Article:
NBC News came calling. Then Good Morning America and Fox News and the BBC, and before William and Nancy Nobbe knew what was happening, they were being bombarded by media from New York to New Zealand, and the weird thing was that all these reporters missed the story while chasing the news.
"The media has been driving us crazy," Nancy said, laughing in a way that failed to hide her bewilderment.
In the simplest terms, the Nobbes found themselves sitting on the most unusual 19th hole. Yes, that was the story, the thing that caused the reporters and cameramen and TV networks to descend on the tiny town of Waterloo, Ill., where Lewis and Clark passed through on their expedition to the northwest. And so the media passed through this week. But did anyone ever stay long enough to ask Nancy about the hole in her heart, the one that never goes away?
Maybe in some odd way this was supposed to happen to them. Maybe after 20 years there needs to be an excuse to tell the story of a golf course that brings immeasurable joy to a family even as it never lets them shake free of the anguish over their most profound loss.
Last Friday, AnnBriar Golf Course in Waterloo, Ill.
, about 25 miles southeast of St. Louis, made international news when one of its patrons, a man named Mike Mihal, was swallowed by a sinkhole on the 14th fairway
. Mihal, 43, a mortgage broker from suburban St. Louis, dislocated his shoulder when he plunged 18 feet down the hole, but he was quickly rescued with the help of one of his friends, Ed Magaletta, and the Nobbe's son, Russ, the club's general manager.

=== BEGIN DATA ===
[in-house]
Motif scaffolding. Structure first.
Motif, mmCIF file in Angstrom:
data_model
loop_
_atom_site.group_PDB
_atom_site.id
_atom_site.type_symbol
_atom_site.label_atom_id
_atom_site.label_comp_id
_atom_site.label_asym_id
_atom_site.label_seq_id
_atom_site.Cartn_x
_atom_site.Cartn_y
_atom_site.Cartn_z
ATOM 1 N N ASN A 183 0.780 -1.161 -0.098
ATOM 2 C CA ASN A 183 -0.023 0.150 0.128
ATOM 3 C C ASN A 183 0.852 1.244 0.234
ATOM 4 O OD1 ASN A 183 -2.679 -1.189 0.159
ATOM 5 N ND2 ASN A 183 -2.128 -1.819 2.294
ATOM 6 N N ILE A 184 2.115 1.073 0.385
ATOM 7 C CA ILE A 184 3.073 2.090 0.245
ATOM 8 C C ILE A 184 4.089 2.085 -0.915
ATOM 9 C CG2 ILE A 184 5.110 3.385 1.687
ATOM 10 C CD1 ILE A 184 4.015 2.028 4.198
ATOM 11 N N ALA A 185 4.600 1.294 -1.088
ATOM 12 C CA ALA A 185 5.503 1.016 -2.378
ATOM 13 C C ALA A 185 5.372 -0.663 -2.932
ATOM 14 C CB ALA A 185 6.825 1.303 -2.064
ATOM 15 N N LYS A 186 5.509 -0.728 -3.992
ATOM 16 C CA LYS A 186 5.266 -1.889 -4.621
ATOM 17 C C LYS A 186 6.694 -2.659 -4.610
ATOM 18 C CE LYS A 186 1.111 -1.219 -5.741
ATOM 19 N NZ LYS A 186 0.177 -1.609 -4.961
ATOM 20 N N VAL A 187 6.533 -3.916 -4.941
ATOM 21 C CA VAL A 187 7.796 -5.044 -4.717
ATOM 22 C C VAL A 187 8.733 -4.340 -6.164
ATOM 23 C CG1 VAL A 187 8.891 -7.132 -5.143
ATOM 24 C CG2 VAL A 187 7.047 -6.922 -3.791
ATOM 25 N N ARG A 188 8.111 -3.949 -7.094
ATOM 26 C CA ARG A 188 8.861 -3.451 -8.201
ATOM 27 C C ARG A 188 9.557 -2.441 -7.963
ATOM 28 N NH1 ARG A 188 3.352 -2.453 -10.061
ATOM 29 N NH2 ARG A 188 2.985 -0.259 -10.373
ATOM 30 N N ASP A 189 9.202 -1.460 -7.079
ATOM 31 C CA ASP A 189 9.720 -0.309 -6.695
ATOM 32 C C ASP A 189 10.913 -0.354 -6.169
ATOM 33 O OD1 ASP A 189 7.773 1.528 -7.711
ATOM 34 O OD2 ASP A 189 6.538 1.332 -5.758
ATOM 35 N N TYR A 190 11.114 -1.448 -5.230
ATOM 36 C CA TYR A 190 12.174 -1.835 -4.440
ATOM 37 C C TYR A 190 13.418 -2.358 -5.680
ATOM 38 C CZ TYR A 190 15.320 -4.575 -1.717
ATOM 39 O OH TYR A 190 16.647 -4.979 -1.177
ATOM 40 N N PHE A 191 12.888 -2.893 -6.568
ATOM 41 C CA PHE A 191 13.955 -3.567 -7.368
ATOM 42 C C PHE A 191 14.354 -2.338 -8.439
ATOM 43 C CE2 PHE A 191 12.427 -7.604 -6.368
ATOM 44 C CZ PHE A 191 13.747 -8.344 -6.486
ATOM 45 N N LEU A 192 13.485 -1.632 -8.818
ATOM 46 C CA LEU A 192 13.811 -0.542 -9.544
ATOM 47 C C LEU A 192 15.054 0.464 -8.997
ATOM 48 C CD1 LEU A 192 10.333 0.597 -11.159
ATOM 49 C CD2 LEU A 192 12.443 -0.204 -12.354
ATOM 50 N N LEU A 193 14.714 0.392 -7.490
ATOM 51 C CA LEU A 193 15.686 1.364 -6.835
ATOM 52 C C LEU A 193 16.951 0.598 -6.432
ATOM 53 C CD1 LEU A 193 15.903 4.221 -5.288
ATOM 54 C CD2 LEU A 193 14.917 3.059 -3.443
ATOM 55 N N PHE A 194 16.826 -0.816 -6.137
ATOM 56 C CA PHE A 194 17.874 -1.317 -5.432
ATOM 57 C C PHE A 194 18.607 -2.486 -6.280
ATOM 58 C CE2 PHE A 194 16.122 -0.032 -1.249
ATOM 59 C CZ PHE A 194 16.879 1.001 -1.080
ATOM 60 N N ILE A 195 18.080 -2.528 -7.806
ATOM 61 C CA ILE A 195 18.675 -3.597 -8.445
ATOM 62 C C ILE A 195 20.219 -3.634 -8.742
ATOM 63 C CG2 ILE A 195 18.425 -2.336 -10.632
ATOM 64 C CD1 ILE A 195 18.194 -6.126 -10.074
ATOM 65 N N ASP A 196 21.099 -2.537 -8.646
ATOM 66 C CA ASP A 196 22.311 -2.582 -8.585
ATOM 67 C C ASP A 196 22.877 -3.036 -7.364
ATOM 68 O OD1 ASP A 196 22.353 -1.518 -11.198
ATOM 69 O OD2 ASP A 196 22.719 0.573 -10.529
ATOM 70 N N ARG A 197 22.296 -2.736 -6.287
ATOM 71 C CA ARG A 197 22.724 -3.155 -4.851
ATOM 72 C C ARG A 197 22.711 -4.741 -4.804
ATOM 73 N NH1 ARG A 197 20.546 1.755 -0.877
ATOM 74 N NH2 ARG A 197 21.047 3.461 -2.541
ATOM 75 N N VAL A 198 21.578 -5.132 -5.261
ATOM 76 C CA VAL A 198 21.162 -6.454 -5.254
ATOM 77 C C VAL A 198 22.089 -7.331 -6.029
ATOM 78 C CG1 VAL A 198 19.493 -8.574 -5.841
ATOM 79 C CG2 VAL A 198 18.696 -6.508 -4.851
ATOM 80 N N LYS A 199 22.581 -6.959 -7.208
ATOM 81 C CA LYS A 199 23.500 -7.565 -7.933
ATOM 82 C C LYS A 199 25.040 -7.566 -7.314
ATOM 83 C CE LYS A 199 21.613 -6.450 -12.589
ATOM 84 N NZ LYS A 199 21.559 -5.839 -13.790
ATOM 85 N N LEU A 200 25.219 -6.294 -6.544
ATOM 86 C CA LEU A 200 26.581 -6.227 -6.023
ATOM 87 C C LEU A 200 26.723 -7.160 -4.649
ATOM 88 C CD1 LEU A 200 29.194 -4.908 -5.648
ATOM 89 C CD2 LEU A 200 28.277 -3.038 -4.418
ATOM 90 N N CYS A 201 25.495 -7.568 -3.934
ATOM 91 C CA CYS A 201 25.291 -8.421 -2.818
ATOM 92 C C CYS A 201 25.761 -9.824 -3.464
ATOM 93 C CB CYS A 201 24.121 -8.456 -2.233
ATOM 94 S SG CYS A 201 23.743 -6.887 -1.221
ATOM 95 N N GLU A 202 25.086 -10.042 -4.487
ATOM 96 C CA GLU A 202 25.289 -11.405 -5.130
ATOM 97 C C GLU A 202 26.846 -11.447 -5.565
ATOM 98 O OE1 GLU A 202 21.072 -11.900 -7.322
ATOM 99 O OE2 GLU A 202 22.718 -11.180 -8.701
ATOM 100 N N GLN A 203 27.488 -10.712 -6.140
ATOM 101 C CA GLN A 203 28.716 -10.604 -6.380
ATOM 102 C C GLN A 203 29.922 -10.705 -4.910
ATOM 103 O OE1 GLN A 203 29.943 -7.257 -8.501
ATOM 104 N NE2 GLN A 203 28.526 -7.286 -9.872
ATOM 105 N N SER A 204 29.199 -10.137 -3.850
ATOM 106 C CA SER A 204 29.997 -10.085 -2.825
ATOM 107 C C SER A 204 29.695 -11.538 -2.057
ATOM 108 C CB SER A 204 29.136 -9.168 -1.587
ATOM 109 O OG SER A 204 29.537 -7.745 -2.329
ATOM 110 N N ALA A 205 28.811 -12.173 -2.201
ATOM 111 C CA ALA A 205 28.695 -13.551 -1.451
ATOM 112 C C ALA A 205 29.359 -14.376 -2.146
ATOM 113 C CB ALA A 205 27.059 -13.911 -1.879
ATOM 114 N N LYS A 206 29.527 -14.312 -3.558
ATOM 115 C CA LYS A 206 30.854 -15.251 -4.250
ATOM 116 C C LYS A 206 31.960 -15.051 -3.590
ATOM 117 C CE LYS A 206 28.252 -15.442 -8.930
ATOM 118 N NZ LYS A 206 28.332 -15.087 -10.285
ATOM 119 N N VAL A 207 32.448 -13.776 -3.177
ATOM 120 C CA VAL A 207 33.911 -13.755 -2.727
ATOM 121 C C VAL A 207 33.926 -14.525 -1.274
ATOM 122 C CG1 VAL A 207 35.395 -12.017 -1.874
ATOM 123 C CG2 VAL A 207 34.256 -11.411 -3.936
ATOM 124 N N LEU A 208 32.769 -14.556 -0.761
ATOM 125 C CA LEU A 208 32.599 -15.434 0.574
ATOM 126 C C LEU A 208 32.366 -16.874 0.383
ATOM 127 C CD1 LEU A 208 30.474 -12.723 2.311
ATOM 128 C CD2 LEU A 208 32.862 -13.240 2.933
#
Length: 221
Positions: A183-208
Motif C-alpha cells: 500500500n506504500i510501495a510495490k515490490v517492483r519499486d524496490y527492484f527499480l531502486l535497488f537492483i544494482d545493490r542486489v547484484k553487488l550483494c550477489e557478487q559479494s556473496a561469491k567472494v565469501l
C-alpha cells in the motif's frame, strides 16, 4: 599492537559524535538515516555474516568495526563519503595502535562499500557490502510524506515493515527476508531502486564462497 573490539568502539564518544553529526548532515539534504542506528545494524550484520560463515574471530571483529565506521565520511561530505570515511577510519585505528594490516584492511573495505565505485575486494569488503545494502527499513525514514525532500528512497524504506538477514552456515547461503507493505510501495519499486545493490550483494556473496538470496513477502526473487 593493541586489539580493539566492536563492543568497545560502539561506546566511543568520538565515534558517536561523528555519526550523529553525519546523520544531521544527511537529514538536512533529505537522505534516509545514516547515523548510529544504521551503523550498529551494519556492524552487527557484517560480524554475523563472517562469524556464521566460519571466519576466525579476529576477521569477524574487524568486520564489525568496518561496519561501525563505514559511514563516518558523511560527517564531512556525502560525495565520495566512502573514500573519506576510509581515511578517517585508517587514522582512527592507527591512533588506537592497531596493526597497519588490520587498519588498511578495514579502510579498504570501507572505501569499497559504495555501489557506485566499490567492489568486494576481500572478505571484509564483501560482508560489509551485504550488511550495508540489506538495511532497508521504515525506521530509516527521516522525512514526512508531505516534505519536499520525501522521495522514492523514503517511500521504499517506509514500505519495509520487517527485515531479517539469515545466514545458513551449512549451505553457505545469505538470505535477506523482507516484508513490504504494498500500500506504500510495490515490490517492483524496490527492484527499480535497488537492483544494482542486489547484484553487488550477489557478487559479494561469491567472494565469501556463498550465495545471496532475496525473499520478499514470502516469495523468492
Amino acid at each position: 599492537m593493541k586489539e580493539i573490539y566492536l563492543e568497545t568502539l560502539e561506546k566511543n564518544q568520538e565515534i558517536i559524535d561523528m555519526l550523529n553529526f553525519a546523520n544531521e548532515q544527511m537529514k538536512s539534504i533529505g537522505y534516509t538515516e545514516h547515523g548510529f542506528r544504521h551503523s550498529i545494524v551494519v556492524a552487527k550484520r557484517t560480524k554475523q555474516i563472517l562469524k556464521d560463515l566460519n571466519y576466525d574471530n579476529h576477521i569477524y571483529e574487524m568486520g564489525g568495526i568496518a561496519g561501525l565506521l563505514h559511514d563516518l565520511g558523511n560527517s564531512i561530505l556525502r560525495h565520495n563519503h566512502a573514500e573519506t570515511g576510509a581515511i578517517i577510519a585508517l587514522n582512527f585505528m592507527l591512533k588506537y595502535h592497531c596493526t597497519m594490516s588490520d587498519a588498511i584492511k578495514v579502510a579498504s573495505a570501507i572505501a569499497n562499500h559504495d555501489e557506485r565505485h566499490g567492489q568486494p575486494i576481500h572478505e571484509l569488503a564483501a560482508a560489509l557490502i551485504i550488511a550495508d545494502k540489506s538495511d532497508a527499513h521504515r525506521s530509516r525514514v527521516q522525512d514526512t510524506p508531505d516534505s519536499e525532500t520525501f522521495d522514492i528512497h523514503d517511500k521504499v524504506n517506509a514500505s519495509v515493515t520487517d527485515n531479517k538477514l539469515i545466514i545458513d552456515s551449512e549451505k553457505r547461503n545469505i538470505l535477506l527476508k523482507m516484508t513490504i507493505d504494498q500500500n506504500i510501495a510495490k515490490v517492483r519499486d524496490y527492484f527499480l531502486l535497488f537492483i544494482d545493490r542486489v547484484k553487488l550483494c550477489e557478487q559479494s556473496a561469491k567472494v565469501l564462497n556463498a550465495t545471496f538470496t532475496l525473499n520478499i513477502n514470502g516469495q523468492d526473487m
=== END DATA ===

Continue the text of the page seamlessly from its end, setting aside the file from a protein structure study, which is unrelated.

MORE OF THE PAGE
"How can you explain it except that it was a freak thing, a freak of nature," Russ said.
Sam Panno, a geochemist with the Illinois State Geological Survey, told the Associated Press that the region of southwestern Illinois has perhaps as many as 15,000 sinkholes. Of course, no one had ever stumbled into one on a golf course.
"It's such a fluke occurrence. You might get five holes-in-one before you ever fall into another sinkhole anywhere in the United States," said Columbus, Ohio, golf course architect Mike Hurdzan, who designed AnnBriar with his former partner Dana Fry. "But probably after what happened in Florida I suppose there's a fascination with sinkholes."
Indeed, perhaps the timing of the story added to its sensationalism. On February 28, a Florida man was swallowed by a sinkhole near Tampa. His body was never recovered.
"If the sinkhole story in Florida doesn't happen, that poor man being lost, I don't think what happened here goes beyond the local media," William said. "Now all of a sudden, the whole world is calling us."